Preface. Bibliography. Chapter 1: Astronomy, an Observational Science. 1.1 Introduction. 1.2 Galileo Galilel?s proof of the Copernican theory of the solar system. 1.3 The celestial sphere and stellar magnitudes. 1.4 The celestial coordinate system. 1.5 Precession. 1.6 Time. 1.7 A second major observational triumph: the laws of planetary motion. 1.8 Measuring the astronomical unit. 1.9 Isaac Newton and his Universal law of Gravity. 1.10 Experimental measurements of G, the Universal constant of gravitation. 1.11 Gravity today: Einstein?s special and general theories of relativity. 1.12 Conclusion. 1.13 Questions. Chapter 2: Our Solar System 1 ? The Sun. 2.1 The formation of the solar system. 2.2 The Sun. 2.3 Nuclear fusion. 2.4 The solar neutrino problem. 2.5 The solar atmosphere: photosphere, chromosphere and corona. 2.6 The solar wind. 2.7 The sun?s magnetic field and the sunspot cycle. 2.8 Prominences, flares and the interaction of the solar wind with the earth?s atmosphere. 2.9 Solar eclipses. 2.10 Questions. Chapter 3: Our Solar System 2 ? The Planets. 3.1 What is a planet? 3.2 Planetary orbits. 3.3 Planetary properties. 3.4 Planetary atmospheres. 3.5 The planets of the solar systems. 3.6 Comets. 3.7 Questions. Chapter 4: Extra-solar Planets. 4.1 The radial velocity (Doppler wobble) method of planetary detection. 4.2 Planetary transits. 4.3 Gravitational microlensing. 4.4 Astrometry. 4.5 Discovery space. 4.6 Selection effects and the likelihood of finding solar systems like ours. 4.7 Questions. Chapter 5: Observing the Universe. 5.1 Thinking about optics in terms of waves rather than rays. 5.2 The human eye. 5.3 The use of a telescope or pair of binoculars to see fainter objects. 5.4 Using a telescope to see more detail in an image. 5.5 The magnification of a telescope. 5.6 Image Contrast. 5.7 The classic Newtonian telescope. 5.8 The Cassegrain telescope. 5.9 Catadioptric telescopes. 5.10 Active and adaptive optics. 5.11 Some significant optical telescopes. 5.12 Radio telescopes. 5.13 Observing in other wavebands. 5.14 Observing the universe without using electromagnetic radiation. 5.15 Questions. Chapter 6: The Properties of Stars. 6.1 Stellar luminosity. 6.2 Stellar distances. 6.3 Proper motion. 6.4 The absolute magnitude scale. 6.5 Colour and surface temperature. 6.6 Stellar photometry. 6.7 Stellar spectra. 6.8 Spectroscopic parallax. 6.9 The Hertzsprung-Russell Diagram. 6.10 The size of stars. 6.11 The masses and densities of stars. 6.12 The stellar mass-luminosity relationship. 6.13 Stellar lifetimes. 6.14 Questions. Chapter 7: Stellar Evolution ? The Life and Death of Stars. 7.1 Low mass stars: 0.05-0.5 solar masses. 7.2 Mid mass stars: 0.5?8 solar masses. 7.3 Variable stars. 7.4 Planetary nebula. 7.5 White dwarfs. 7.6 The evolution of a sun-like star. 7.7 Evolution in close binary systems ? the Algol paradox. 7.8 High mass stars in the range >8 solar masses. 7.9 Type II supernova. 7.10 Neutron stars and black holes. 7.11 The discovery of pulsars. 7.12 Pulsars as tests for general relativity. 7.13 Black holes. 7.14 Questions. Chapter 8: Galaxies and the Large Scale Structure of the Universe. 8.1 The Milky Way. 8.2 Other galaxies. 8.3 The universe. 8.4 Questions. Chapter 9: Cosmology ? the Origin and Evolution of the Universe. 9.1 Einstein?s blunder? 9.2 Big Bang models of the universe. 9.3 The blueshifts and redshifts observed in the spectra of galaxies. 9.4 The expansion of the universe. 9.5 The steady state model of the universe. 9.6 Big Bang or Steady State? 9.7 The cosmic microwave background. 9.8 Inflation. 9.9 The Big Bang and the formation of the primeval elements. 9.10 The ?ripples? in the Cosmic Microwave Background. 9.11 How dark matter effects the cosmic microwave background. 9.12 The hidden universe: dark matter and dark energy. 9.13 The makeup of the universe. 9.14 A universe fir for intelligent life. 9.15 Intelligent life in the universe. 9.16 The future of the universe. Index.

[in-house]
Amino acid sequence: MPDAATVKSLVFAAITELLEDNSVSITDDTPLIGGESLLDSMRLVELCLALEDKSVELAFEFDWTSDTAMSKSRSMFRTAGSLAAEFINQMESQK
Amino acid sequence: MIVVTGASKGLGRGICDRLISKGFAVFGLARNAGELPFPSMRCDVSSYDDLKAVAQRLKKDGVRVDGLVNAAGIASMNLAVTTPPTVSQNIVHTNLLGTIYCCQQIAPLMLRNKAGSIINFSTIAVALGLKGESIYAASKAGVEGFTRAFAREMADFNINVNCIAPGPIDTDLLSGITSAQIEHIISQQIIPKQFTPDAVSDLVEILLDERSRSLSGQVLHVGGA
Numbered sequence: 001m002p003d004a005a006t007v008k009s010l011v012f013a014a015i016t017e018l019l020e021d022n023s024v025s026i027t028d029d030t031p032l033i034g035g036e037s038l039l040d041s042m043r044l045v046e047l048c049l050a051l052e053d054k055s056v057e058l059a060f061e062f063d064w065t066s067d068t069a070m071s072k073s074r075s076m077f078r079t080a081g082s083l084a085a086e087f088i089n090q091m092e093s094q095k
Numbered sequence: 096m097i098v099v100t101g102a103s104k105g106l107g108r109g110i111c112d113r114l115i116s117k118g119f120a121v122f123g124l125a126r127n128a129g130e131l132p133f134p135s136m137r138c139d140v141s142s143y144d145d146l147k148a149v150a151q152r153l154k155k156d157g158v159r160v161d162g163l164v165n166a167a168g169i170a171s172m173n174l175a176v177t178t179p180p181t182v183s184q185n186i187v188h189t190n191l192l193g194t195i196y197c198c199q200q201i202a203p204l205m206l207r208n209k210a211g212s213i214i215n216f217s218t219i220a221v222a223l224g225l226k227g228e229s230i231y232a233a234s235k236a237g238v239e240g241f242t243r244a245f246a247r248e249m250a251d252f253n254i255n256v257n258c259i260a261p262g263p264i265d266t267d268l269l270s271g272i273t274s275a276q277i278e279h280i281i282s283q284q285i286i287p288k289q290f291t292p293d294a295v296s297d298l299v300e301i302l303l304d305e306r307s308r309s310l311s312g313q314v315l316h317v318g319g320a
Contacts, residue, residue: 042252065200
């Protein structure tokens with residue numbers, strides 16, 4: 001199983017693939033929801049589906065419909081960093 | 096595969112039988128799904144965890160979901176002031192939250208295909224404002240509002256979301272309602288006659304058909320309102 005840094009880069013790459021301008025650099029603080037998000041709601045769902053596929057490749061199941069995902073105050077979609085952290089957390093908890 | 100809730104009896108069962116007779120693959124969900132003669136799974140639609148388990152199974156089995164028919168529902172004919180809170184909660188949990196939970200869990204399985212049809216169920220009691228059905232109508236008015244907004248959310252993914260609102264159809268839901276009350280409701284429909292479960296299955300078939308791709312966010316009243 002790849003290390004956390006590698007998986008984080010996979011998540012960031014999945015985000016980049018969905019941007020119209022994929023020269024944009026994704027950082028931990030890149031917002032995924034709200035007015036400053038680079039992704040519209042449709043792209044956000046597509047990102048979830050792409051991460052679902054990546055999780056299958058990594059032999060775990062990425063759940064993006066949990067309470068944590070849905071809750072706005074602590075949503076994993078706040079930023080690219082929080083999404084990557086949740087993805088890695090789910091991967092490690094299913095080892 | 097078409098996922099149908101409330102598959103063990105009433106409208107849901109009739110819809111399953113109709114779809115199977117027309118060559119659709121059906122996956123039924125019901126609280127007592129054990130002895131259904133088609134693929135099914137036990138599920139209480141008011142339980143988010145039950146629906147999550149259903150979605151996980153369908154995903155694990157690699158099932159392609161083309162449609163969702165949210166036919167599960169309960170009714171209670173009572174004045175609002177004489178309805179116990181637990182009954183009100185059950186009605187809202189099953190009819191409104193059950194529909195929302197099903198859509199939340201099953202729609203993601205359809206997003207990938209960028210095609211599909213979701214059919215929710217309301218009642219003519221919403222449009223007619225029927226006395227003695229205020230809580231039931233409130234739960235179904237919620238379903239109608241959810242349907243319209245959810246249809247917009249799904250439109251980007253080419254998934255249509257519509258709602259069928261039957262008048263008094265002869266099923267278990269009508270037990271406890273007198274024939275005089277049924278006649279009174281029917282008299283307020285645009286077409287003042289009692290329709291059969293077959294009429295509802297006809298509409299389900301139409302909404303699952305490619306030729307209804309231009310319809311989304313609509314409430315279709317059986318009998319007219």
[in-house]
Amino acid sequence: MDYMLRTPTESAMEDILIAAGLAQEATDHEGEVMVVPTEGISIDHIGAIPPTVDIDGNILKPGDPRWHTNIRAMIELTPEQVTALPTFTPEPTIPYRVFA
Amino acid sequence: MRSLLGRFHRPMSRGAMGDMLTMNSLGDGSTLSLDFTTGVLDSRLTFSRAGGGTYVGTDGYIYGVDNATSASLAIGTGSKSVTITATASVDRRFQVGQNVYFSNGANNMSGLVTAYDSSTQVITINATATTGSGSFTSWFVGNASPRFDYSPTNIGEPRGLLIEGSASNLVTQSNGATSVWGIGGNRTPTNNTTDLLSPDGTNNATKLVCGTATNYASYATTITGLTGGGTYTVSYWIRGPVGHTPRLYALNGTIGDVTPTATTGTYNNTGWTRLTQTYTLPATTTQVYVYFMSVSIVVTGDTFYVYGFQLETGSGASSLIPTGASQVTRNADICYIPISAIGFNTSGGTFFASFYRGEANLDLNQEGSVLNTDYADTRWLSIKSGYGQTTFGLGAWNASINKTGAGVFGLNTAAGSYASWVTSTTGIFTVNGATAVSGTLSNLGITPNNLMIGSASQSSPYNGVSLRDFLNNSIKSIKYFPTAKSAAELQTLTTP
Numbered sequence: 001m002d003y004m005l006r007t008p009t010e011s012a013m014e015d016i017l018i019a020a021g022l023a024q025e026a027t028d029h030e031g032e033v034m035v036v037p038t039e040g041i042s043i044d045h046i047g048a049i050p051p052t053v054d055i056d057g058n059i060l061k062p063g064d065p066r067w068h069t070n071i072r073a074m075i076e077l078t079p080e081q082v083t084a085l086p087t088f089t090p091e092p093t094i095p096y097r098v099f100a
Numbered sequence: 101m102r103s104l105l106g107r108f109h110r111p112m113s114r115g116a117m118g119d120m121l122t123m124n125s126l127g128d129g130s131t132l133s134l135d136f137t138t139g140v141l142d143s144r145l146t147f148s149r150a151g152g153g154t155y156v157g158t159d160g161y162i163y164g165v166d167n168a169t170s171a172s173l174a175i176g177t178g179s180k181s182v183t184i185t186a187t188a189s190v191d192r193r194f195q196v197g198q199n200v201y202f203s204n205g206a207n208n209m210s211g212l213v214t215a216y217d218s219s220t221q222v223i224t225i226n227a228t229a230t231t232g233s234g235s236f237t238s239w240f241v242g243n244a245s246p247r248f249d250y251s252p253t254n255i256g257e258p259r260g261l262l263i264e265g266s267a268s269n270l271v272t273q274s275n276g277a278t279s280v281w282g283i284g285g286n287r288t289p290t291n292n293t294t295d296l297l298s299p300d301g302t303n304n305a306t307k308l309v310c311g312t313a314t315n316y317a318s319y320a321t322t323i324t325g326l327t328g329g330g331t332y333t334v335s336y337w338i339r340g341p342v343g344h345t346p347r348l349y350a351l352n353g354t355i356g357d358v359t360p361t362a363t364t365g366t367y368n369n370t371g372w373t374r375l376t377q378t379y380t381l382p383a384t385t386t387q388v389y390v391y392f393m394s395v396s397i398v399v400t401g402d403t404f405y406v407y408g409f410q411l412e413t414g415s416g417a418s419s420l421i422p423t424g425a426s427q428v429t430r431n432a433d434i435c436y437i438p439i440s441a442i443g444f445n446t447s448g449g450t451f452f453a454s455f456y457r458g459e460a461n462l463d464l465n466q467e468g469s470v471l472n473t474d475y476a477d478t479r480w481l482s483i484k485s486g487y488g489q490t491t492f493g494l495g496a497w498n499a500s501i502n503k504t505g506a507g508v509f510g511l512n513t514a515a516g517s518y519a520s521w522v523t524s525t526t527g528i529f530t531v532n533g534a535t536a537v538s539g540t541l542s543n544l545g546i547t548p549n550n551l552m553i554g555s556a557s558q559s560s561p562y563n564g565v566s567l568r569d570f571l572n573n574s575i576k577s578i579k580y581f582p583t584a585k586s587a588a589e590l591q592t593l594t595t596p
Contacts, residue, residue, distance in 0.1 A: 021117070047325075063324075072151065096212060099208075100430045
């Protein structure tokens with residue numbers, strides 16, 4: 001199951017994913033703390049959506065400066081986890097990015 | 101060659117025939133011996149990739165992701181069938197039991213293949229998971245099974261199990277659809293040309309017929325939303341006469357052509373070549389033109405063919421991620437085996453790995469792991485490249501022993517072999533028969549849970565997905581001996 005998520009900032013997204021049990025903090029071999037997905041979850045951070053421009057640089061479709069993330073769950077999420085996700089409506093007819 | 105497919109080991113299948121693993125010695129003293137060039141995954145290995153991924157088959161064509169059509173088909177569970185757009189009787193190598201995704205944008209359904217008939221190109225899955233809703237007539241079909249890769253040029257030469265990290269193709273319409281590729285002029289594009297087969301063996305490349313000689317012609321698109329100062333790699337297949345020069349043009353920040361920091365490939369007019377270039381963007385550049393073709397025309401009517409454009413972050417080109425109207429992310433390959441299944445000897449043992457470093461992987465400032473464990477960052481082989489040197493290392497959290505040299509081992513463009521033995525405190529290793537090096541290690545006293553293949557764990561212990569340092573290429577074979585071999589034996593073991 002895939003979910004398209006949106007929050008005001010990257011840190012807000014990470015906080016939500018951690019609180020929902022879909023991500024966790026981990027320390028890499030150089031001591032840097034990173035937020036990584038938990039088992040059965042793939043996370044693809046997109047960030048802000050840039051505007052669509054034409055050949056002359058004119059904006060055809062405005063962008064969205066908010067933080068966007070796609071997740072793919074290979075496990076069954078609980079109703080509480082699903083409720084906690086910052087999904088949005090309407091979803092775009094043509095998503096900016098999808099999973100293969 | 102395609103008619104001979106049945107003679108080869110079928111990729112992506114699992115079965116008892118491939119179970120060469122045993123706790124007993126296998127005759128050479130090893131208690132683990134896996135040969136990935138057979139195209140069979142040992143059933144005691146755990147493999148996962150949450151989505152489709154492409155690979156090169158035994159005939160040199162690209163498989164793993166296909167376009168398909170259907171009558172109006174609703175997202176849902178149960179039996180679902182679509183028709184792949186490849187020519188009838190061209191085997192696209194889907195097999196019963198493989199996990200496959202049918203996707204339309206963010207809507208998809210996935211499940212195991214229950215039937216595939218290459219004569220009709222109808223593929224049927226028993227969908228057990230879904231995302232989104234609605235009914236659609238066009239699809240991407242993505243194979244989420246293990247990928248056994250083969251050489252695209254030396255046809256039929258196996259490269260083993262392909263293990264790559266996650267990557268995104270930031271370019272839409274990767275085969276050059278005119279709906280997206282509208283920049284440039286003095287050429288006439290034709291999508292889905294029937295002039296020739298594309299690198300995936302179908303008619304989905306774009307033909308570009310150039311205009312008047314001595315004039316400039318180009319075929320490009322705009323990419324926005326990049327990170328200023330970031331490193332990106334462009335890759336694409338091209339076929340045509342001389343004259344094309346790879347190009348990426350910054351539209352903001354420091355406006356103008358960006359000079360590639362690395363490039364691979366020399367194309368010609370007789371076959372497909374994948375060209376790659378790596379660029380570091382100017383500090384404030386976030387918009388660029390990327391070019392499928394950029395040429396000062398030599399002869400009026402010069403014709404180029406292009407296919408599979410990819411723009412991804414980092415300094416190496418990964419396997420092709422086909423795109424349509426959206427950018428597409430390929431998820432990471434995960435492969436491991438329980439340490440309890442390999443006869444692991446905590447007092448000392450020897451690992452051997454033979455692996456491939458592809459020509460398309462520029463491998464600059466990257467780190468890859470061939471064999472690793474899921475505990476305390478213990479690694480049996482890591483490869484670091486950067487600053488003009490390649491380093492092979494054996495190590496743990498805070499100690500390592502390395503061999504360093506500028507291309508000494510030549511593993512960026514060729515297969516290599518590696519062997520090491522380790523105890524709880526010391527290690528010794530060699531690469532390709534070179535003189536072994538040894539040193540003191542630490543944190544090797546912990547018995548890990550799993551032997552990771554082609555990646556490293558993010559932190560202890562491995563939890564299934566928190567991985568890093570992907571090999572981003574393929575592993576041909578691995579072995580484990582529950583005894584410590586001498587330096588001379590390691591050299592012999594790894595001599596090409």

Ian Morison began his love of astronomy when, at the age of 12, he made a telescope out of lenses given to him by his optician. He went on to study Physics, Mathematics and Astronomy at Oxford and in 1970 was appointed to the staff of the University of Manchester where he now teaches astronomy, computing and electronics. He is a past president of the Society for Popular Astronomy, one of the UK's largest astronomical societies. He remains on the society's council and holds the post of instrument advisor helping members with their choice and use of Telescopes. He lectures wi9dely on astronomy, has co-authored books for amateur astronomers and writes regularly for the two UK astronomy magazines. He also writes a monthly sky guide for the Jodrell Bank Observatory's web site and produces an audio version as part of the Jodrell Bank Podcast. He has contributed to many television programmes and is a regular astronomy commentator on local and national radio. Another activity he greatly enjoys to take amateur astronomers on observing trips such as those to Lapland to see the Aurora Borealis and on expeditions to Turkey and China to observe total eclipses of the Sun. In 2003 the Minor Planets Committee of the International Astronomical Union named asteroid 15,727 in his honour, citing his work with MERLIN, the world's largest linked array of radio telescopes, and that in searching for intelligent life beyond our Solar System in Project Phoenix. In 2007 he was appointed to the post of Gresham Professor of Astronomy. Dating from 1597, this is the oldest astronomy professorship in the world and was once held by Christopher Wren.
"The book is beautifully produced and illustrated, and notable for the care that has gone into the choice of appropriate and unusual illustrations. Recommended." ( SSR , December 2009) "This is an up-to-date, well-written, first-year undergraduate textbook ... .Many people will enjoy reading it." ( The Observatory Magazine , August 2009) "A very well thought-out book that lucidly covers a comprehensive range of topics in an attractive format ... .Bang up-to-date, and all cut up into convenient, self-contained sections that can be read in a dip-in, dip-out sort of way." ( Astronomy Now , January 2009)